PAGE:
Duck Penis Researcher Now Studying Whale Penises with Taxpayer Funds

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He's gonna need to get closer.

Patricia Brennan, a leading researcher and visiting lecturer at Mount Holyoke College in Massachusetts, who was previously working on a ridiculed taxpayer-funded study on duck penises, is now using her experience to study orca whales. She is also going to the “March for Science” to oppose the proposed budget cuts.

Brennan was previously working on a duck penis study that received $384,949, in a grant funded through the 2009 stimulus package, from the National Science Foundation. The research studied the differences in the various corkscrew-shaped duck penises.

In a recent interview with New England Public Radio, it was revealed that the researcher is still amused by genitalia of marine animals. An orca that was just sent from Sea World to her lab is her latest fascination.

“Holy cow,” Brennan said when she first saw the penis. “Oh wow. Oh my goodness. It’s enormous!”

“Although Brennan has spent 20 years studying the sex organs of marine animals, she’s never seen anything this big,” New England Public Radio reported. “It takes up an entire lab sink.”

“So this is the tip right there,” Brennan said. “It’s not super long, it’s just wide.”

Protesting proposed budget cuts to her frivolous research, Brennan is on a mission to oppose the Trump administration and Congress’ plans.

Even though she is attending the “March for Science” this weekend, what “she’d really like to do, is get back to the lab and take another look at that killer whale penis.”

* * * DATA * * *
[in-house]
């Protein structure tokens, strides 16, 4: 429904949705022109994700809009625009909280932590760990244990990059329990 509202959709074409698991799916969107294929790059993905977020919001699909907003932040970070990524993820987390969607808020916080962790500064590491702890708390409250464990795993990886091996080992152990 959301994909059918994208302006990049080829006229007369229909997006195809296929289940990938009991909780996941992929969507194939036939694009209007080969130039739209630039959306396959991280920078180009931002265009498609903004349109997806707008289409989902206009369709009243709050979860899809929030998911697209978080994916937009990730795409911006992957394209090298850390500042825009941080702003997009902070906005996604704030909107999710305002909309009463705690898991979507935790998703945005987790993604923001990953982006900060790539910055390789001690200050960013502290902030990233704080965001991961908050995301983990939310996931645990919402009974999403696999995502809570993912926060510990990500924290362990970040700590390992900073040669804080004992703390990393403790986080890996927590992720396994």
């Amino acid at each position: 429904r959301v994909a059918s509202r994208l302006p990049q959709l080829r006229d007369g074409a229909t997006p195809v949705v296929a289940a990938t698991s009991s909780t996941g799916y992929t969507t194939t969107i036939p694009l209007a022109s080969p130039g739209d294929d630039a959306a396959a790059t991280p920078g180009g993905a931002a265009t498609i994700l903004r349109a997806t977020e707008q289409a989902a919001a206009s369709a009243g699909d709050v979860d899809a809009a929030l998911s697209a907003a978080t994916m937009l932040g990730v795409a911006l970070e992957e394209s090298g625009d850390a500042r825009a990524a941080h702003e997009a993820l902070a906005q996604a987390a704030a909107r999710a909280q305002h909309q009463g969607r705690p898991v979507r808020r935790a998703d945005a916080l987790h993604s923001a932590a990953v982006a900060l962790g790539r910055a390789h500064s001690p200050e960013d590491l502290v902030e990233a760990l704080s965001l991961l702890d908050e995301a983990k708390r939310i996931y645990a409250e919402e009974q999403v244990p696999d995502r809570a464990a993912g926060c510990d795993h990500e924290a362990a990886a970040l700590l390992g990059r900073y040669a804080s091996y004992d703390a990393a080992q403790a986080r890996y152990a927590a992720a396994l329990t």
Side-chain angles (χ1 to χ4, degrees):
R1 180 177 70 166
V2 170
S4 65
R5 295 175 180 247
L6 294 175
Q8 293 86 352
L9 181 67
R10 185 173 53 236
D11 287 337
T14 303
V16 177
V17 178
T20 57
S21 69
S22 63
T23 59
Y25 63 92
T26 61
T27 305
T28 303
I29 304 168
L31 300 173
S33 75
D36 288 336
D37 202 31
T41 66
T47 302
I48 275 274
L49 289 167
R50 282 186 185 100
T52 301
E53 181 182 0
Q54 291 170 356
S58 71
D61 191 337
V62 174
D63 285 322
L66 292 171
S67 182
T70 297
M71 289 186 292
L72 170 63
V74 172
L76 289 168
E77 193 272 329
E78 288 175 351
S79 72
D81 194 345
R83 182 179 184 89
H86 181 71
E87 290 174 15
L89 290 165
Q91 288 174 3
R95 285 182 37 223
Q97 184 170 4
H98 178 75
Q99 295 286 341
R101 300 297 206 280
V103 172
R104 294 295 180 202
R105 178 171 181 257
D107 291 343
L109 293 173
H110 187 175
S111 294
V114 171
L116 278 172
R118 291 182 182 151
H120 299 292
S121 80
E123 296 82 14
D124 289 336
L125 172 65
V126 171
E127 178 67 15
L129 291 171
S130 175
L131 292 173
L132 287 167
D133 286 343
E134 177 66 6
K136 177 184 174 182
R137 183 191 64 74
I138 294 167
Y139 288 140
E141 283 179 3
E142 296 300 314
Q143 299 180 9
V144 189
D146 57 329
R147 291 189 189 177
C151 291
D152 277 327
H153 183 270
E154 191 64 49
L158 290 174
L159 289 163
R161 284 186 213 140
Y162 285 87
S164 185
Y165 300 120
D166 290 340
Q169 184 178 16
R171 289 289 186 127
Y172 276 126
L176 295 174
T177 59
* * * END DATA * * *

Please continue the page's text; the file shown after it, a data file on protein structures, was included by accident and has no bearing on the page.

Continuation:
According to New England Public Radio, “the stakes for science have never been higher,” as President Donald Trump calls for budget cuts in the face of a $20 trillion debt.

Trump’s budget proposal, if approved, would give $25.9 billion to the National Institutes of Health. While the National Science Foundation currently receives almost $7 billion annually, it wasn’t mentioned in the latest budget proposal.

Since taxpayers discovered the cost of Brennan’s duck penis research, she has become quite a “sought-after science activist.” She has since been advocating scientists to help defend her research.

“They were attacking everything,” Brennan said, referring to media outlets that reported the cost her research incurred. “They were attacking the science itself, like, ‘what a waste of money.’ They were attacking me, as a person, like, I must be some kind of deviant to be looking at penises.

“Like, who does that?” she asked.

Explaining Brennan’s work, New England Public Radio said that she is just a “basic scientist,” suggesting that her job is to only determine how things work. According to them, she is not “necessarily applying that knowledge to a particular problem.”

There is no objective behind her new research on penises of orca whales. “Just the fact that we just don’t know what we’re going to find is so exciting,” she said.

“In order for us to actually be able to solve problems, or make money, or innovate, we actually need to know … about how the world works,” Brennan said.